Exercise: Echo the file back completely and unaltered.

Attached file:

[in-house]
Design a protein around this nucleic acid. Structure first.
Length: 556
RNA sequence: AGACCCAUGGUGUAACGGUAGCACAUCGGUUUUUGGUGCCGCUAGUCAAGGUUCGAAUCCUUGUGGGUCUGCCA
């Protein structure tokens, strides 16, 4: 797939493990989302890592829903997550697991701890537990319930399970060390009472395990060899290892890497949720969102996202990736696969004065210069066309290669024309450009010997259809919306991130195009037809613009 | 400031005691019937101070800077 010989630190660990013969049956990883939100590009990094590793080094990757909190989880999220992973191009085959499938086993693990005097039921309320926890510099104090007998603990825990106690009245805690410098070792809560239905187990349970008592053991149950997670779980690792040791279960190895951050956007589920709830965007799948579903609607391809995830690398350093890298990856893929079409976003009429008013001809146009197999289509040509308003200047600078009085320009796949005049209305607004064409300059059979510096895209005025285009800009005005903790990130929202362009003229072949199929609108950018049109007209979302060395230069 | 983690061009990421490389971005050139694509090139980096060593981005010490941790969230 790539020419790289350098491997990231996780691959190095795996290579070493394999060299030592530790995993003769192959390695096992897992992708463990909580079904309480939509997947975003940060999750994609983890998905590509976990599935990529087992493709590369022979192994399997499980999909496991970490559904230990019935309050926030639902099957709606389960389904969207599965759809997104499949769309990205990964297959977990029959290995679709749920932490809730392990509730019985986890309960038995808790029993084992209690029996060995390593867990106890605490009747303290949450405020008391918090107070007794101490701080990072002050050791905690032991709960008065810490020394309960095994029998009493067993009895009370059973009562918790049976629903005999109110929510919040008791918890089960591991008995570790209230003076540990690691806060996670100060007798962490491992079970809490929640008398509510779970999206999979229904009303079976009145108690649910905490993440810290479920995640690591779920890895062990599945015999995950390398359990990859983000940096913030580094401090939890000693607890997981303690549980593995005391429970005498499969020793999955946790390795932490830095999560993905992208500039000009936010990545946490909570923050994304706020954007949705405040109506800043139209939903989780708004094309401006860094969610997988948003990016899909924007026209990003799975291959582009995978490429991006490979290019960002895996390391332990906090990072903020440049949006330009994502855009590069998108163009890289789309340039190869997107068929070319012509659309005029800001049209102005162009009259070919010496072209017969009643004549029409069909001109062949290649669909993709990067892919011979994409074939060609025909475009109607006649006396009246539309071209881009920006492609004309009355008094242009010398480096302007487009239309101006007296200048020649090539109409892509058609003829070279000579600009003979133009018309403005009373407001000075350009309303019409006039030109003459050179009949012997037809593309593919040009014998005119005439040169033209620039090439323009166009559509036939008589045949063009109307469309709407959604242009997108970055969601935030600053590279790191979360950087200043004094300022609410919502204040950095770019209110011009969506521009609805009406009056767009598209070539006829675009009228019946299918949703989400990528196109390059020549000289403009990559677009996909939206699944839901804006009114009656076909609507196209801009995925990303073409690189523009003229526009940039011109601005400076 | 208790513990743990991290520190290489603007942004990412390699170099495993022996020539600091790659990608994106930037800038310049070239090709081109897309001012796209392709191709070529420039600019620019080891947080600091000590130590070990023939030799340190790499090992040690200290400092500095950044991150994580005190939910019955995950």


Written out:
[in-house]
Design a protein around this nucleic acid. Structure first.
Length: 556
RNA sequence: AGACCCAUGGUGUAACGGUAGCACAUCGGUUUUUGGUGCCGCUAGUCAAGGUUCGAAUCCUUGUGGGUCUGCCA
């Protein structure tokens, strides 16, 4: 797939493990989302890592829903997550697991701890537990319930399970060390009472395990060899290892890497949720969102996202990736696969004065210069066309290669024309450009010997259809919306991130195009037809613009 | 400031005691019937101070800077 010989630190660990013969049956990883939100590009990094590793080094990757909190989880999220992973191009085959499938086993693990005097039921309320926890510099104090007998603990825990106690009245805690410098070792809560239905187990349970008592053991149950997670779980690792040791279960190895951050956007589920709830965007799948579903609607391809995830690398350093890298990856893929079409976003009429008013001809146009197999289509040509308003200047600078009085320009796949005049209305607004064409300059059979510096895209005025285009800009005005903790990130929202362009003229072949199929609108950018049109007209979302060395230069 | 983690061009990421490389971005050139694509090139980096060593981005010490941790969230 790539020419790289350098491997990231996780691959190095795996290579070493394999060299030592530790995993003769192959390695096992897992992708463990909580079904309480939509997947975003940060999750994609983890998905590509976990599935990529087992493709590369022979192994399997499980999909496991970490559904230990019935309050926030639902099957709606389960389904969207599965759809997104499949769309990205990964297959977990029959290995679709749920932490809730392990509730019985986890309960038995808790029993084992209690029996060995390593867990106890605490009747303290949450405020008391918090107070007794101490701080990072002050050791905690032991709960008065810490020394309960095994029998009493067993009895009370059973009562918790049976629903005999109110929510919040008791918890089960591991008995570790209230003076540990690691806060996670100060007798962490491992079970809490929640008398509510779970999206999979229904009303079976009145108690649910905490993440810290479920995640690591779920890895062990599945015999995950390398359990990859983000940096913030580094401090939890000693607890997981303690549980593995005391429970005498499969020793999955946790390795932490830095999560993905992208500039000009936010990545946490909570923050994304706020954007949705405040109506800043139209939903989780708004094309401006860094969610997988948003990016899909924007026209990003799975291959582009995978490429991006490979290019960002895996390391332990906090990072903020440049949006330009994502855009590069998108163009890289789309340039190869997107068929070319012509659309005029800001049209102005162009009259070919010496072209017969009643004549029409069909001109062949290649669909993709990067892919011979994409074939060609025909475009109607006649006396009246539309071209881009920006492609004309009355008094242009010398480096302007487009239309101006007296200048020649090539109409892509058609003829070279000579600009003979133009018309403005009373407001000075350009309303019409006039030109003459050179009949012997037809593309593919040009014998005119005439040169033209620039090439323009166009559509036939008589045949063009109307469309709407959604242009997108970055969601935030600053590279790191979360950087200043004094300022609410919502204040950095770019209110011009969506521009609805009406009056767009598209070539006829675009009228019946299918949703989400990528196109390059020549000289403009990559677009996909939206699944839901804006009114009656076909609507196209801009995925990303073409690189523009003229526009940039011109601005400076 | 208790513990743990991290520190290489603007942004990412390699170099495993022996020539600091790659990608994106930037800038310049070239090709081109897309001012796209392709191709070529420039600019620019080891947080600091000590130590070990023939030799340190790499090992040690200290400092500095950044991150994580005190939910019955995950």